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Jo Daviess County received some unexpected but welcome attention from The New York Times on May 15, as did Dane County, Wis., where Madison is located, in Badgerland.
Both counties, it seems are leaders when it comes to vaccinations for residents 65 years and older. It’s a point we made in an editorial several weeks ago.
Times reporter Daniel E. Slotnik noted, “Two of the most populous 90-percent-plus counties are Jo Daviess County, Ill., across the Mississippi River from Dubuque, Iowa, and Dane County, Wis., which includes Madison, the state capital.”
He added, “Elected and health officials in both counties suggested that some of the measures that they have adopted locally, such as expanding access and relying on trusted medical figures to share information about vaccines, were also reflected in the federal government’s strategy to reach those who have not received shots yet after the pace of vaccination has lagged in recent weeks.”
The Times interviewed Lori Stangl, acting Jo Daviess County Health Department administrator, and included this in the article, “In Jo Daviess County in the northwestern corner of Illinois, communication and community partnerships also played a major role, Lori Stangl, the county’s director of clinical services, wrote in an email.
“Of the roughly 6,000 seniors in the county, 96.7 percent are fully vaccinated as of Friday, (May 15) according to the C.D.C. Ms. Stangl credited extensive collaboration both within the county and with neighboring counties and states.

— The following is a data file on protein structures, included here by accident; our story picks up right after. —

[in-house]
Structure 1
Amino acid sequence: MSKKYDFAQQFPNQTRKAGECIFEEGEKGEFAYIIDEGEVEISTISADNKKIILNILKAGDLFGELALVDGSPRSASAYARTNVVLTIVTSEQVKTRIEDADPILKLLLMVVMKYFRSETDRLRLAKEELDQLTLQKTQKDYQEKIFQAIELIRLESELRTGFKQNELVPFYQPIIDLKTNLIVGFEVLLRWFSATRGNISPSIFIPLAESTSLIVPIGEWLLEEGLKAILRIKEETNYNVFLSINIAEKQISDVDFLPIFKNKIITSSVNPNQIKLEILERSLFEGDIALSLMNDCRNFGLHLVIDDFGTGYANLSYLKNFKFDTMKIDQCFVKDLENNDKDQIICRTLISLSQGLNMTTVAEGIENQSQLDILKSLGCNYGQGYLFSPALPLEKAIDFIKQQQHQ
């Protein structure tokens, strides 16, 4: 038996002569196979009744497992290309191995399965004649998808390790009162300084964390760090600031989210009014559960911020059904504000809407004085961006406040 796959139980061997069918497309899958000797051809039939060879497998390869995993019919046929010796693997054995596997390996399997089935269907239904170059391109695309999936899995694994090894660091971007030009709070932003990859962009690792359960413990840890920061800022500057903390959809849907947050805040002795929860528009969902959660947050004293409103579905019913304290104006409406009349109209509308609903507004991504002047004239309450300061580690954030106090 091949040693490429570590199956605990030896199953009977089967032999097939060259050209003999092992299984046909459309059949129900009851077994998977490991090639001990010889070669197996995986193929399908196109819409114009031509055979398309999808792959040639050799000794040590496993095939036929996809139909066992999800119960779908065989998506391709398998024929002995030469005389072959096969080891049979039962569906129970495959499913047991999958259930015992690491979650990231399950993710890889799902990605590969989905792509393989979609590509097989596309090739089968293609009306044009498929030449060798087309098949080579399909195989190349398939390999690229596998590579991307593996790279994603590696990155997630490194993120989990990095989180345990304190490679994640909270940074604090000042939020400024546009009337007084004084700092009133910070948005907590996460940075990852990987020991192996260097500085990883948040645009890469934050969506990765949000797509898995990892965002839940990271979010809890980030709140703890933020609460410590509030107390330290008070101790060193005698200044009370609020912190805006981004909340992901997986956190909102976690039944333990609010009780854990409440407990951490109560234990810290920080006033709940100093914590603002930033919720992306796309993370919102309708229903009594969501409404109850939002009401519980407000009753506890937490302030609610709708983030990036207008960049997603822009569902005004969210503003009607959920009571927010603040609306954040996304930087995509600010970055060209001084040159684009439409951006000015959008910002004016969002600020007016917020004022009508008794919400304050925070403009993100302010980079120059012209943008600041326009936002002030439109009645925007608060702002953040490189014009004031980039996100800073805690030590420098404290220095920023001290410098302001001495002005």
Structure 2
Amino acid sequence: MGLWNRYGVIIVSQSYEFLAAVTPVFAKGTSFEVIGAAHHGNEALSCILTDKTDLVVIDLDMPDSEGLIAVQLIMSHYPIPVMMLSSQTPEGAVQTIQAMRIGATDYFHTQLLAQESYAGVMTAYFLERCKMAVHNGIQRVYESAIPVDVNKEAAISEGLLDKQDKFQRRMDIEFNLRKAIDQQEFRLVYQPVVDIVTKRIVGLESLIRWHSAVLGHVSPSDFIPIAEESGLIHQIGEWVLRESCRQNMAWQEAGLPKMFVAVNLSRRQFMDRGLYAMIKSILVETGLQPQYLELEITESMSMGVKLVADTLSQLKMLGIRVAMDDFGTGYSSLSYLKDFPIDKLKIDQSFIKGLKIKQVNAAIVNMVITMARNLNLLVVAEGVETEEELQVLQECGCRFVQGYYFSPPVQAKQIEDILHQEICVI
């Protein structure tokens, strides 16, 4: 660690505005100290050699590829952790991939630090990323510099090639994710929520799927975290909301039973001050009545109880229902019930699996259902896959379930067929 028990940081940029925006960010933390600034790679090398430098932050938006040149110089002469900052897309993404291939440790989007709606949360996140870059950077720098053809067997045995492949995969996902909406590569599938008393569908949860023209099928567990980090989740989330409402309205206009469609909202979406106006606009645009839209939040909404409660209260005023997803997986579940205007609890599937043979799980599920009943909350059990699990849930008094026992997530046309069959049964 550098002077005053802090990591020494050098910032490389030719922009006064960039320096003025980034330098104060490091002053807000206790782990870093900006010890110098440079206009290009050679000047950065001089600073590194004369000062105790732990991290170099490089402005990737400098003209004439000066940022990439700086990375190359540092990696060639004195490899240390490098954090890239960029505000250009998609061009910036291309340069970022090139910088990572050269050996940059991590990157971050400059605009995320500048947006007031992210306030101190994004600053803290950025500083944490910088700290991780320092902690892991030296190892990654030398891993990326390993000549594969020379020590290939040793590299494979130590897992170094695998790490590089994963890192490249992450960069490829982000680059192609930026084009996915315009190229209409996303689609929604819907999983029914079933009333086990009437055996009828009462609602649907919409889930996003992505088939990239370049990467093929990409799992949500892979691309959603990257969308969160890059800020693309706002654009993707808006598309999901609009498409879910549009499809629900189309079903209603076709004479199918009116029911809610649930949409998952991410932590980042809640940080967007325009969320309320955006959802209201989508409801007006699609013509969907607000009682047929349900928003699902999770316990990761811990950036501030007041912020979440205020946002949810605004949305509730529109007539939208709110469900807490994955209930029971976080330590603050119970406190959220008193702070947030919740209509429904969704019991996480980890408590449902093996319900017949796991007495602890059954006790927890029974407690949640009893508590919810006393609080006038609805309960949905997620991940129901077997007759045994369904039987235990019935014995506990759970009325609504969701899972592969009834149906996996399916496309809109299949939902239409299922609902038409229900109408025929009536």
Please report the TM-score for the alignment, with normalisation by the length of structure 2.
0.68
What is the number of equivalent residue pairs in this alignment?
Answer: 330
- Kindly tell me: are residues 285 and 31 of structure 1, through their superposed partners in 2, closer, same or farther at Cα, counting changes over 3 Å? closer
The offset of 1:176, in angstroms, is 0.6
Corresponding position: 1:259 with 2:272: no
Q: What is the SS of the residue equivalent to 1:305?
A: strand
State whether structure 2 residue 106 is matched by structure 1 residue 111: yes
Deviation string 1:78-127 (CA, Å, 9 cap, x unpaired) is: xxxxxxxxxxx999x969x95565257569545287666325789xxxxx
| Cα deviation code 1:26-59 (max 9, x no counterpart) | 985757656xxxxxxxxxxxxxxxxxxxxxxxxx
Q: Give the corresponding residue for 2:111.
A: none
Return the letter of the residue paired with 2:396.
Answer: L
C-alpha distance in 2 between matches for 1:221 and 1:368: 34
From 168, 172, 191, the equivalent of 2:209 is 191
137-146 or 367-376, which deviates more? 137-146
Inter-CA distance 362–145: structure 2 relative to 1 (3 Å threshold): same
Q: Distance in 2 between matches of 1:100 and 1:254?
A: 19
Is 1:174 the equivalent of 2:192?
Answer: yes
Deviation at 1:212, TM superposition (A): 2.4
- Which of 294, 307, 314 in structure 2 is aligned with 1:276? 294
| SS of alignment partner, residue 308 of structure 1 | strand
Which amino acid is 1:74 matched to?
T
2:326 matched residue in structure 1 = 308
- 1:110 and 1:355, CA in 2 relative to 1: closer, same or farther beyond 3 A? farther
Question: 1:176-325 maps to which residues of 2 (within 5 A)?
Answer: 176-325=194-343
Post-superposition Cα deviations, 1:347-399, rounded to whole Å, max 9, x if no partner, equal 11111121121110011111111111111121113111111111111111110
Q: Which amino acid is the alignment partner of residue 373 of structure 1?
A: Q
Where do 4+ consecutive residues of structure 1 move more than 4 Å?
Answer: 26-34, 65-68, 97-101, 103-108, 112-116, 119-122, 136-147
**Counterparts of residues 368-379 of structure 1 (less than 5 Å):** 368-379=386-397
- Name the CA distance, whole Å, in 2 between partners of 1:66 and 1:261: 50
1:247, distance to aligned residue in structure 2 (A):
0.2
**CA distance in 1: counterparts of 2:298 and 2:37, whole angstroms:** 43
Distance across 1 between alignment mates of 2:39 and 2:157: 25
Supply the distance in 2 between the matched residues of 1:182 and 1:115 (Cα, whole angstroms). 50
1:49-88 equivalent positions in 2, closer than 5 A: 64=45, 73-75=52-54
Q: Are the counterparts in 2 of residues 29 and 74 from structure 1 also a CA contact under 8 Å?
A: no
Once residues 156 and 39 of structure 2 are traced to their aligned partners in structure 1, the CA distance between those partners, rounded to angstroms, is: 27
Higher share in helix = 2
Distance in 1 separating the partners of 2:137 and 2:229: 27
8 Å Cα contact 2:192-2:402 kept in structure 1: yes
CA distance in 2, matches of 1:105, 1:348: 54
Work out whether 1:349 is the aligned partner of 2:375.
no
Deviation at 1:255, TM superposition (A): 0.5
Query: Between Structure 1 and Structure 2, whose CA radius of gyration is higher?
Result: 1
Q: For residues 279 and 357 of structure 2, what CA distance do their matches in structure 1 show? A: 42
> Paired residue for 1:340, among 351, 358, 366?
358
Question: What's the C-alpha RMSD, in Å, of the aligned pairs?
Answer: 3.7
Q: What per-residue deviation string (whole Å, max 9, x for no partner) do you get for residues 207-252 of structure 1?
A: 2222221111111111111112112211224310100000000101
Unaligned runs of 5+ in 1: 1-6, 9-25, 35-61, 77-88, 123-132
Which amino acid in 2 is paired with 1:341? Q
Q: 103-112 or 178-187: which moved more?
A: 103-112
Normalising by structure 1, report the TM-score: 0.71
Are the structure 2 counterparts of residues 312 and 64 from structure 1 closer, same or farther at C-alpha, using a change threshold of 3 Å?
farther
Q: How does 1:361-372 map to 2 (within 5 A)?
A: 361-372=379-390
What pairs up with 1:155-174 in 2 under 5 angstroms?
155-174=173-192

“‘Since Jo Daviess County borders Iowa and Wisconsin, many of our residents were able to receive vaccines there as well,’ Ms. Stangl wrote, ‘especially early on, when our allocations were low.’”
As of Monday of this week 98.4 percent of adults 65 years of age and older are vaccinated. That’s pretty remarkable.
It is worth noting once again, vaccination success here in Jo Daviess County. Lori credits communication and community partnerships as playing a key role in eventual success.
As has the health department, Midwest Medical Center has done yeoman’s work providing medical staff to talk to community groups, providing staffing for vaccination clinics as well as leading and modeling, the way.
The hospital has also sponsored weekly ads in The Gazette supporting vaccination.
These ads worked so well at the beginning that demand far outstripped supply creating a fair amount of dis-ease in the community. Residents travelled to Monroe and Platteville in Wisconsin, the Quad Cities and Dubuque and Iowa City in Iowa for vaccinations.
With the addition of the Johnson & Johnson vaccine, vaccine supplies caught up to and are now exceeding demand.
Part of this “communication and community partnerships piece” also involves Hartig Drug Stores and Walmart who have also been providing vaccinations.
As the vaccination process continued, the number of options increased.
We hope that The Gazette has played a key role in highlighting the need for vaccinations as well the pathway for securing vaccinations.
With changes in CDC (Centers for Disease Control) protocols young people 12 years of age and older are now eligible for the Pfizer vaccine. Appointments can be made on the Hartig website, Hartig.com.
A goal is to have as many young people vaccinated as possible before the next school year starts.
I also want to send a few kudos to Lori Stangl. She’s doing a great job sending us updates, which we can then share with you either on our website, galenagazette.com, or in The Gazette.
And, thanks to Midwest Medical Center, Hartig, Walmart and all the many volunteers who have helped make vaccination successful here.
Let’s keep working at it.
by P. Carter Newton,